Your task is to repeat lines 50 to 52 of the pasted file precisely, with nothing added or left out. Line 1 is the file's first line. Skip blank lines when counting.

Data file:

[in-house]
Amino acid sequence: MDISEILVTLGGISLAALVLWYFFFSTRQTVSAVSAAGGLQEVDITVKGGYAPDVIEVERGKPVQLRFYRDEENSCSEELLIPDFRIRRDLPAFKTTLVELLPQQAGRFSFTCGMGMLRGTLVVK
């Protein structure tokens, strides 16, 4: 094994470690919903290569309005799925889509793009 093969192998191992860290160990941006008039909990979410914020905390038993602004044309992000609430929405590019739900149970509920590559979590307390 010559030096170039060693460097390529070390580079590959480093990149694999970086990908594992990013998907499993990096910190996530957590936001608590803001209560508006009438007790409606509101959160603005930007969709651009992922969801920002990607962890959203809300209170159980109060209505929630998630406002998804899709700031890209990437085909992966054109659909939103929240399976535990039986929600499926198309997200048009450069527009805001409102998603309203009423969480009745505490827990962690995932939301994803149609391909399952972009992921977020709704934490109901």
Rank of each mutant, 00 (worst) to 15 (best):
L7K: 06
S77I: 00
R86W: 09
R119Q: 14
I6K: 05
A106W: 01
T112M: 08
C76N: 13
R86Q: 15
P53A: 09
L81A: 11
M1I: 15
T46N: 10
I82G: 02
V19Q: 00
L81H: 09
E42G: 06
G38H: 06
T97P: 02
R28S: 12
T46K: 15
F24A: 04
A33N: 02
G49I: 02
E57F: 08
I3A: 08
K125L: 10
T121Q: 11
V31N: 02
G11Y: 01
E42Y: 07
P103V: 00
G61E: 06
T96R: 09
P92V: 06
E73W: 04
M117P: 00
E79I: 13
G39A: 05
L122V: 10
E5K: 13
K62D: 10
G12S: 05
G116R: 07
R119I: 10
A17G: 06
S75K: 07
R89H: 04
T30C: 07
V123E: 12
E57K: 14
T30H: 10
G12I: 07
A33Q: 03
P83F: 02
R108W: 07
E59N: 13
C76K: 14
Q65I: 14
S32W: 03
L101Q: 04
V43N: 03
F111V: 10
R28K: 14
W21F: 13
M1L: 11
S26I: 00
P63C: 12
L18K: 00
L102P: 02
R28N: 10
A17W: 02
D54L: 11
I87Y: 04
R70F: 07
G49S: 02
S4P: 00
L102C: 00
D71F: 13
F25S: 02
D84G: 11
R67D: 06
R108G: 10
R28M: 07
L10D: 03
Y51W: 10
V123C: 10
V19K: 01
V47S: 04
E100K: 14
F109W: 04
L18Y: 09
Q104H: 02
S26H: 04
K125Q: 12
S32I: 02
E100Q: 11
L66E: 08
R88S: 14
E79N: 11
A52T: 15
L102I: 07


A17G: 06
S75K: 07
R89H: 04